WBC Craigie, Peter C. 1983. Psalms 1-50–Word Biblical Commentary. Vol. 19. Waco, TX: Word Books.

Creach, Jerome Frederick Davis. 1998. Psalms: Interpretation Bible Studies. Louisville, KY: Westminster John Knox Press.

NIB Keck, Leander E. 2015. The New Interpreters Bible Commentary. Vol. 3. Nashville, TN: Abingdon Press.

Mays Mays, James Luther. 1994. Psalms. Louisville, KY: John Knox Press.

McCann, J. C., & Howell, J. C. 2001. Preaching the Psalms. Nashville, TN: Abingdon Press.

Miller Miller, Patrick D. 1986. Interpreting the Psalms. Philadelphia, PA: Fortress Press.

Spong Spong, M. (Ed.). (2020). The words of her mouth: Psalms for the struggle. Cleveland, OH: The Pilgrim Press.

WBC Tate, Marvin E. 1990. Word Biblical Commentary: Psalms 51-100. Edited by David Allan. Hubbard and Glenn W. Barker. Vol. 20. Waco, TX: Word.

OTL Weiser, Artur. 1998. Old Testament Library: Psalms. Translated by Herbert Hartwell. 3rd ed. New York, NY: Manchester University Press.

Other Year D Psalm blog posts:

I’m attempting a series exploring the Psalms in year D.  Many churches use the revised common lectionary that rotates scripture on a three-year cycle (A, B, and C).  Year D was created with the goal of including scriptures that were left out or not used as frequently as others.  

I began this series in Lent 2020.  These blog posts include examples of meditation or spiritual discipline or mindfulness exercises.  Here are the links: Ash Wednesday: Psalm 102; 1st Sunday in Lent: Psalm 6; 2nd Sunday in Lent: Psalm 143; 3rd Sunday in Lent: Psalm 38; 4th Sunday in Lent: Psalm 39; 5th Sunday in Lent: Psalm 101; 6th Sunday in Lent Psalm 94 or Psalm 35.  I went a different direction during Holy Week and dropped the Psalms for a while, but I’m hoping to pick them back up again.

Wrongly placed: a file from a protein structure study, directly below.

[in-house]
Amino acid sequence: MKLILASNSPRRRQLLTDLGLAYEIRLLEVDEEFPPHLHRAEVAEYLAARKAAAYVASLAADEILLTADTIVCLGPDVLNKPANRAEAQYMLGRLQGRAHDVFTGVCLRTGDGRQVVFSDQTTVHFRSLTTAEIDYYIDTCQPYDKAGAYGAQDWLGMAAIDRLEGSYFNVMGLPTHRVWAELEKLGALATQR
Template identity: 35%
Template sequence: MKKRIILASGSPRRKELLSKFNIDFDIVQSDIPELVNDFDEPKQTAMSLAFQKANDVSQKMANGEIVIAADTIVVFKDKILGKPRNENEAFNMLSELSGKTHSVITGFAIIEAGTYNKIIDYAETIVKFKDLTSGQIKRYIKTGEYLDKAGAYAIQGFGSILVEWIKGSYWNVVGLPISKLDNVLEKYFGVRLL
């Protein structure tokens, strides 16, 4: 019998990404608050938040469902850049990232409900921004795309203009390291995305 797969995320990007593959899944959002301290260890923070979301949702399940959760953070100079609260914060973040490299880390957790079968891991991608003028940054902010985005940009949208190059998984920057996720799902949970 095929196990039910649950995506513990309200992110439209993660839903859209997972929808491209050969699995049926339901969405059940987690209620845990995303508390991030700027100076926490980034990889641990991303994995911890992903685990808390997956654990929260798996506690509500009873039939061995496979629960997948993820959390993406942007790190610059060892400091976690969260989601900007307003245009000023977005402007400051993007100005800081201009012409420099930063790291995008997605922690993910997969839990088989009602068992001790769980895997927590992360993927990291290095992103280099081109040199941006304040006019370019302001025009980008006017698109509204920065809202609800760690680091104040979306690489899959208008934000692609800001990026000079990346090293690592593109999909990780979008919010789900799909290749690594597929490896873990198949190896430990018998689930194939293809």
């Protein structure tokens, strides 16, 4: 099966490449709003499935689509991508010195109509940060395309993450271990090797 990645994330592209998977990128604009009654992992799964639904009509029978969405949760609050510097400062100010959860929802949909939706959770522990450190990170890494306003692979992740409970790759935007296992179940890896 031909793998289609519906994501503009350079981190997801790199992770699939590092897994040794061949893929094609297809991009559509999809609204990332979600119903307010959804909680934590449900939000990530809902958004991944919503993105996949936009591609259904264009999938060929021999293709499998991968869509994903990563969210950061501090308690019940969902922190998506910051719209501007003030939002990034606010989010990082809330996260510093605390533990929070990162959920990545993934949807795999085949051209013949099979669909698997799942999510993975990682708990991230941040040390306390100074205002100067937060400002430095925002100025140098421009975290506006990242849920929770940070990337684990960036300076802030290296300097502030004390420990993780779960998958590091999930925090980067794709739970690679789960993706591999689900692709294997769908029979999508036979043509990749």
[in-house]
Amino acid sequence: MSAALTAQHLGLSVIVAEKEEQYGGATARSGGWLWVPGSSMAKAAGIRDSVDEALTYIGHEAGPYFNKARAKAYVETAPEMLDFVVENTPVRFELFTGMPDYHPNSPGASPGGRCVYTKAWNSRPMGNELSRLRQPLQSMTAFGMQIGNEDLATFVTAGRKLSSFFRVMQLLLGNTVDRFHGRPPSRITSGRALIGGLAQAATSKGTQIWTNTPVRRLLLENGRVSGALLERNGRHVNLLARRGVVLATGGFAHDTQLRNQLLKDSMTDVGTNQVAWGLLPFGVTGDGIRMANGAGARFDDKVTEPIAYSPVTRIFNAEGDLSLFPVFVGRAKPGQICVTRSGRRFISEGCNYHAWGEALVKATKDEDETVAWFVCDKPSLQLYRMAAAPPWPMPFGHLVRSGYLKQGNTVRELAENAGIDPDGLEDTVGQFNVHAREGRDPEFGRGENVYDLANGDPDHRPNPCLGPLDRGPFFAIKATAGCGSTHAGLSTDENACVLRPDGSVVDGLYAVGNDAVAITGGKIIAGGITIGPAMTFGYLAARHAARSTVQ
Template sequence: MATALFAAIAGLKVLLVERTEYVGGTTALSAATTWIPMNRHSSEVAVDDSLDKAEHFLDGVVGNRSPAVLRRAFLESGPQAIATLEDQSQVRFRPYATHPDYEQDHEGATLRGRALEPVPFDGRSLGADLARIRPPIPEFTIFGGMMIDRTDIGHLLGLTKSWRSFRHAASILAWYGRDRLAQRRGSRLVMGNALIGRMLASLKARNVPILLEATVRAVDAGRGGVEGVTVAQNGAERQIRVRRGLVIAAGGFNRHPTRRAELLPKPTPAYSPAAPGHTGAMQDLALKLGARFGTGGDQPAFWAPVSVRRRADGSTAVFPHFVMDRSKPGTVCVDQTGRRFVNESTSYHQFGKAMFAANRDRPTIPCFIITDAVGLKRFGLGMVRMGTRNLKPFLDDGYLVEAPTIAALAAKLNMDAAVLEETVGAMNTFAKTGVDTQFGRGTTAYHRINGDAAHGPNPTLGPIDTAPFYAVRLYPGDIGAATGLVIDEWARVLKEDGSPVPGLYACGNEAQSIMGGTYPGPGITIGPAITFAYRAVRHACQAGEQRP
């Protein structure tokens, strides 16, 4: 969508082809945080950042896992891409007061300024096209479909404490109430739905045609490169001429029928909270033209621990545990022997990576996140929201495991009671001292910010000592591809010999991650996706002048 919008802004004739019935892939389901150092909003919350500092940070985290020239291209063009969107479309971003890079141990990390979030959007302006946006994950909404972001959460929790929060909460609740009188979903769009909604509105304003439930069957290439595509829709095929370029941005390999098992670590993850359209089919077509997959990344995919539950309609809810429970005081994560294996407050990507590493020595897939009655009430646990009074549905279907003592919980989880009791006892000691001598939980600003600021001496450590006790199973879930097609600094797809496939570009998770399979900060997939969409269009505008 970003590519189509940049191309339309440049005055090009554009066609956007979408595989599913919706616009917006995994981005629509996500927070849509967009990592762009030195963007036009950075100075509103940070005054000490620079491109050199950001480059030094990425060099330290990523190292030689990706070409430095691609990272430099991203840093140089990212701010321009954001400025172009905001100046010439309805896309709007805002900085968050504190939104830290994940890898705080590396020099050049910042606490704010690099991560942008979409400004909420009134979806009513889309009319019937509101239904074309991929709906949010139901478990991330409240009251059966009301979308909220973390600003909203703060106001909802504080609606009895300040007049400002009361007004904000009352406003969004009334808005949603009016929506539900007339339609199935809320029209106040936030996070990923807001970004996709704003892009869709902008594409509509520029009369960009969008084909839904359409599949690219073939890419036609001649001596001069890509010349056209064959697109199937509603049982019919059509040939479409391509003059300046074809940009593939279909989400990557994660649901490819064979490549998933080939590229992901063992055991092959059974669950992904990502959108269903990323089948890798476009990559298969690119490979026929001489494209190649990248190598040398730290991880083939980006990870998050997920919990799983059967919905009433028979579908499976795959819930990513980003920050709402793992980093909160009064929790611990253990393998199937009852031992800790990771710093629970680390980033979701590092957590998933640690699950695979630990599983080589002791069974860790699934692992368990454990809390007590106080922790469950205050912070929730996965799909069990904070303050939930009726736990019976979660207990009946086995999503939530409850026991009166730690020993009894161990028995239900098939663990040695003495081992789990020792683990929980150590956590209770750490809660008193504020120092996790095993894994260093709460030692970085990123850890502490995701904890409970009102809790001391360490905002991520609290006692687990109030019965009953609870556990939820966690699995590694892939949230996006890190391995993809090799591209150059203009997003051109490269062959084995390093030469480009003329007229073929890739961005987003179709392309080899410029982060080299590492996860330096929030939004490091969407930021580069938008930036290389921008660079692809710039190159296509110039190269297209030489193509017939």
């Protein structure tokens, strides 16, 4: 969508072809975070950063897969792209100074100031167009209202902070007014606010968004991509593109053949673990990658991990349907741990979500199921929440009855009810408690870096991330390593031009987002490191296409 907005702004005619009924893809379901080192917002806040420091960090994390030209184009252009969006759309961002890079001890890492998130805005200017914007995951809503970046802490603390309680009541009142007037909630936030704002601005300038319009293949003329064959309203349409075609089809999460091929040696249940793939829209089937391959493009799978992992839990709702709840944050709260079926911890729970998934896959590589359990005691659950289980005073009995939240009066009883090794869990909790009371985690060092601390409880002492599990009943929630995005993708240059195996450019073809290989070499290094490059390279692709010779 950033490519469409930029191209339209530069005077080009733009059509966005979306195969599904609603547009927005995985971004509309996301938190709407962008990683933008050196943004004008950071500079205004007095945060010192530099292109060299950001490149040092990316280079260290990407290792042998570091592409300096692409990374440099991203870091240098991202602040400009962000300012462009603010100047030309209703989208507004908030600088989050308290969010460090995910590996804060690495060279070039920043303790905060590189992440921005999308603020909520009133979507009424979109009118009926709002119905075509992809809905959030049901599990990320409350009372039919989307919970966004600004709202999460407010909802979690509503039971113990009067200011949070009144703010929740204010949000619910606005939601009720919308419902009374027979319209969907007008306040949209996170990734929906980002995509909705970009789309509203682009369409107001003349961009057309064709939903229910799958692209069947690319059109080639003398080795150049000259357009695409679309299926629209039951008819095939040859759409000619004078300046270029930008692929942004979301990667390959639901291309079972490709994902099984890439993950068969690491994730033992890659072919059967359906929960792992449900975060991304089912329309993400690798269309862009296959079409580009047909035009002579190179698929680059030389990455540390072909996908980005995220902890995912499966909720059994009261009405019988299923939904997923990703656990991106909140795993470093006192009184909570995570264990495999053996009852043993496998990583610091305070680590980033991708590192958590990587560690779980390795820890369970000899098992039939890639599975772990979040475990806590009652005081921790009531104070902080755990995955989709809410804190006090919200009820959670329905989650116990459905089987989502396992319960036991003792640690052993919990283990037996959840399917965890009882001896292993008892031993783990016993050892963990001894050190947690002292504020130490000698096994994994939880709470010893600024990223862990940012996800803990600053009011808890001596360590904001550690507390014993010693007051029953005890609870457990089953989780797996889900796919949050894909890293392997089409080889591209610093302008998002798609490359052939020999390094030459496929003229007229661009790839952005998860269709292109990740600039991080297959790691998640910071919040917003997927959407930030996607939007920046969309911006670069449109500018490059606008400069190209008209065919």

I’m going to try to move forward with the Psalms so that it might be useful for worship in the coming weeks and hoping that I can also go back and pick up some of the ones I missed.  

Holy Week: Palm Sunday, 6th Sunday in Lent Psalm 94 or Psalm 35, Maundy Thursday Psalm 115 or 113, Good Friday Psalm 88, Holy Saturday (Great Vigil) Psalms 7, 17, 44, 57 or 108, 119:145-176, 149.

The Season of Easter: Resurrection of the Lord (Easter) Psalm 71:15-24 or Psalm 75 or Psalm 76, 2nd Sunday in Easter Psalm 64 or Psalm 119:73-96, 3rd Sunday in Easter Psalm 60 or 108, 4th Sunday in Easter Psalm 10, 5th Sunday in Easter Psalm 49: (1-12) 13-20, 6thSunday in Easter Psalm 129, Ascension Thursday Psalm 119:145-176, 7th Sunday in Easter Psalm 115, and Pentecost Sunday Psalm 119:113-136.

Then we move into “ordinary time” which is broken up into sections throughout the liturgical year.  Remember that the year starts with Advent (I started this adventure in Lent) so some of the ordinary Sundays have already happened.

Trinity -Ordinary Time- Christ the King: Trinity Sunday Psalm 35, 9th Sunday in Ordinary time Psalm 142, 10th Sunday in Ordinary time Psalm 74, 11th Sunday Psalm 7, 12th Sunday Psalm 55, 13th Sunday Psalm 56, and 14th Sunday Psalm 57 or Psalm 3.

The Apocalyptic Discourse 15th -19th Sundays in Ordinary time: 15th Sunday Psalm 17:8-14(15) or Psalm 83, 16th Sunday Psalm 54, 17th Sunday Psalm 50 or Psalm 105, 18thSunday Psalm 59, and 19th Sunday Psalm 37.

Prelude to the Passion 20th -23rd Sundays in Ordinary time: 20th Sunday Psalm 58, 21stSunday Psalm 140, 22nd Sunday Psalm 68 or Psalm 120 or Psalm 82, and 23rd Sunday Psalm 141.